Ice cold water. You might think it’s the stuff of torture. Reading the words might already be making you shiver. But there are many reasons to learn to love cold water. From beating depression and boosting libido to giving your skin and hair a gorgeous glow, there’s a reason so many enthusiasts are shouting from the glacier-tops about the difference turning the temperature down has made in their lives.
Human beings are made up of at least 50% water. The statistic varies slightly both with age and between genders. Adults lose water weight after childhood, and women have less than men due to a higher body fat ratio. With all of our cells depending on water, it’s clear that we can dramatically boost or harm our health depending on how much we consume. I challenge you to find a single skin care article out there that doesn’t include the phrase “drink lots of water.” And at the other end of the spectrum, did you know that the number one reason for the afternoon slump at your desk is dehydration?
We all know that keeping hydrated is vital. But what about the temperature of the water? Hot and cold water can be used for different reasons, but today we’re discussing the benefits of using the latter. Cold water isn’t something you want to welcome with a warm embrace. In fact, you’ll likely want to run in the opposite direction. However, there are plenty of benefits from introducing it into your life in one form or another. Here are 5 ways to do so, moving from “easy peasy” to “living life on the edge.”
Drink it. The easiest way to feel the benefits of cold water is to drink it. While the evidence is inconsistent, there are several case studies that indicate that drinking cold water is highly beneficial for the metabolism and weight loss. When we consume cold water, the body warms it up in a process known as thermogenesis. This takes energy, so while it won’t replace having a workout, drinking cold water has been shown to reduce BMI in overweight participants. Try to drink cold water as often as possible to benefit from this extra boost.
Look at it. Water in general is an incredible relaxation aid. The blue hues can be used as a form of color therapy to create a tranquil environment. The sound and sight of water is also stress-busting, anxiety-reducing, and able to induce a meditative state. If you have access to any kind of water, be it the beach, a lake, a pond, a stream or even a humble water feature, find a way to incorporate some time spent near it each day. If we’re talking specifically about cold water, consider time on the slopes on a ski break, or visiting one of our few remaining glaciers. Dramatic landscapes like that of Alaska or Iceland fill us with a sense of awe that puts things into perspective and refreshes our appreciation of Earth for all its dynamic offerings.
Wash hair with it. You might have heard it from your hairdresser already, but rinsing your hair with cold water really is the step you’re missing. Our hair is made of the protein keratin. The shaft (part exposed above our scalp) consists of three layers, the outermost of which is known as the cuticle. The cuticle can be compared to fish scales – overlapping layers of cells all facing downwards. Color and heat treatment cause the cuticle cells to get a bit messy, face different directions, and not lie smoothly. Conditioning treatments are an obvious way to remedy this, but so too is rinsing the hair in cold water. This process seals the cuticle, meaning it seals in any moisture you’ve applied. Condition, then rinse the hair in cold water to lock in moisture and give more strength and shine.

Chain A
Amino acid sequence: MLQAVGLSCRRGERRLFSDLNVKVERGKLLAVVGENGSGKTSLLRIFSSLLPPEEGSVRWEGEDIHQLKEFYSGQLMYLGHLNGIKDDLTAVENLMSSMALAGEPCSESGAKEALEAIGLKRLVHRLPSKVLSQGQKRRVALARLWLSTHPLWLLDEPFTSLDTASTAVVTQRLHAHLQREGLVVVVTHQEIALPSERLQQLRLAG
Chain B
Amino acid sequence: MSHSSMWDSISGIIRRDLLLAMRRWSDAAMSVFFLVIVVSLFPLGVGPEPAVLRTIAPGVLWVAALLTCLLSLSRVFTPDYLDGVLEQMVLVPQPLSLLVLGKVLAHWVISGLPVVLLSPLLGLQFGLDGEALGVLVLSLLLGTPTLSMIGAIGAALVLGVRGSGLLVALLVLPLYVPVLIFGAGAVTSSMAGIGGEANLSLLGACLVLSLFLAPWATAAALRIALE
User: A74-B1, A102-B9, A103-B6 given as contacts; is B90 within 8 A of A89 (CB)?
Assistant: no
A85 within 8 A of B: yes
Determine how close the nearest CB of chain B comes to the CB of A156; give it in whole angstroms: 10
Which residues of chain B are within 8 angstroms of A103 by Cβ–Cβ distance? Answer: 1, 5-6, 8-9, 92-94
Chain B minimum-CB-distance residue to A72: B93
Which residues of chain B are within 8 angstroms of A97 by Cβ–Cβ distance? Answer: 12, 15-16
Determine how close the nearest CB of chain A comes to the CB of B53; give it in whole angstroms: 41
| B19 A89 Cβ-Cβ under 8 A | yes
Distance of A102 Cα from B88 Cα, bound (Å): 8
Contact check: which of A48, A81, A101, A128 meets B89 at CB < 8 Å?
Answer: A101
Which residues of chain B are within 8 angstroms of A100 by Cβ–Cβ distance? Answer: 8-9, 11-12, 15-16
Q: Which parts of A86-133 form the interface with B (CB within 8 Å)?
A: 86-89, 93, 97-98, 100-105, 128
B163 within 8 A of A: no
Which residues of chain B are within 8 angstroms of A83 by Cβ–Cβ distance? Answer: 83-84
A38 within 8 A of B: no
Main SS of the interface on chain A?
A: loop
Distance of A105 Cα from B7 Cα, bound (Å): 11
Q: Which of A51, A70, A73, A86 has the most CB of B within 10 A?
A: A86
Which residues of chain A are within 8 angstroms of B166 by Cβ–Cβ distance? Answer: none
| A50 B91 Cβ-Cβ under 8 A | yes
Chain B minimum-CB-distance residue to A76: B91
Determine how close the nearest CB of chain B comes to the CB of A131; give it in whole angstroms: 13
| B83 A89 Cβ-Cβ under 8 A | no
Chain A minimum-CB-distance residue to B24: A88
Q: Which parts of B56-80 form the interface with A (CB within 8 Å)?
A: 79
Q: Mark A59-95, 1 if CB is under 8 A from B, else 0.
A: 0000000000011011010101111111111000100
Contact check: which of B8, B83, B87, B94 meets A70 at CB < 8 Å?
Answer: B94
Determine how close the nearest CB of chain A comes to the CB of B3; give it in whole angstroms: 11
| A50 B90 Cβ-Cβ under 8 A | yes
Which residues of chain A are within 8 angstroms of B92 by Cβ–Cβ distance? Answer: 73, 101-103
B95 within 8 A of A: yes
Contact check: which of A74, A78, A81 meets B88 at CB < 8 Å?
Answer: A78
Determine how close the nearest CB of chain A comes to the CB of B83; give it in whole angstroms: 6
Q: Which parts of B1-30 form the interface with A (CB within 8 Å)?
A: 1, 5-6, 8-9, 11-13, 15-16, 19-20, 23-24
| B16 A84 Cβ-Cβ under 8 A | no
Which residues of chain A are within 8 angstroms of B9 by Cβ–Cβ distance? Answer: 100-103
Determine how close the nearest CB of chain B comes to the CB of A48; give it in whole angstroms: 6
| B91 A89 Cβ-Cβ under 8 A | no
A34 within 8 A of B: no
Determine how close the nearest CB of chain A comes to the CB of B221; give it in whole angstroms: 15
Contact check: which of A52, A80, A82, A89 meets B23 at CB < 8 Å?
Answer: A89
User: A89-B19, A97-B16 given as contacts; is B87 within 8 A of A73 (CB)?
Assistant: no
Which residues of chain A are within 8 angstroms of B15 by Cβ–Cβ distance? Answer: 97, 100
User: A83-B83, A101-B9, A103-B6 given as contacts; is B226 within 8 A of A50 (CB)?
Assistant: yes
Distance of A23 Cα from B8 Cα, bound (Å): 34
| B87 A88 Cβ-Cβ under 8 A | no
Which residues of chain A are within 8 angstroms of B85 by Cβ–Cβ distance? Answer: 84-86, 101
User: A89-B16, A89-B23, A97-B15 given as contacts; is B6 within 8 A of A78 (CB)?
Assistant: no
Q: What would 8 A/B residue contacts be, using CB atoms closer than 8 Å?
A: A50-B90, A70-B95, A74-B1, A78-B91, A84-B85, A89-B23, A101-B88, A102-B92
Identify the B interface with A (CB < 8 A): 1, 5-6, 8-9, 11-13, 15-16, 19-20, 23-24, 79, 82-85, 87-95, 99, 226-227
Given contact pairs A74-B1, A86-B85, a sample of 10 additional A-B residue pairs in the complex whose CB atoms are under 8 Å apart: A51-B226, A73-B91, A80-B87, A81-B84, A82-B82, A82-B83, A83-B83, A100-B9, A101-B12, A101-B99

Shower in it. For those braver than restricting the ice-cold flow to the locks only, showering in cold water can have a plethora of benefits. A brave soul tried cold showering for 30 days straight and found that by week 2 her mood had increased and stress levels decreased. By week four, she was converted. Cold showers can give you the energy boost you might be lacking if you’ve decided to quit caffeine. It also releases adrenaline and endorphins in the brain which may play a role in helping with depression. It sounds counterintuitive to force yourself to take a cold shower on those mornings that you simply don’t want to do life, but it’s probably exactly what you need.
Swim in it. At the top of the list is cold water swimming. One step above showering, cold water swimming is an immersion therapy with a metabolism-boosting workout thrown in. It’s appealing to all ages for the excitement and tremendous health benefits. These include increased resistance to cold, relief from rheumatism and even asthma. It’s also been found to reduce stress levels and anxiety, namely by the rush of adrenaline caused from flinging oneself into an icy abyss. But with other great benefits like an increase in lymphatic and cardiovascular circulation, cold water swimming is a sure-fire way to boost our overall health. And while I can’t find any scientific evidence, it’s also believed to increase libido. I think this is probably due to an increase in happiness (happier people want to have sex more than unhappy people) but who can know for sure unless putting it to the test, eh?
If you’re looking for a way to jump-start your system this fall, why not try getting a little bit chilly? Stick with any of the above for a month and see how you benefit.
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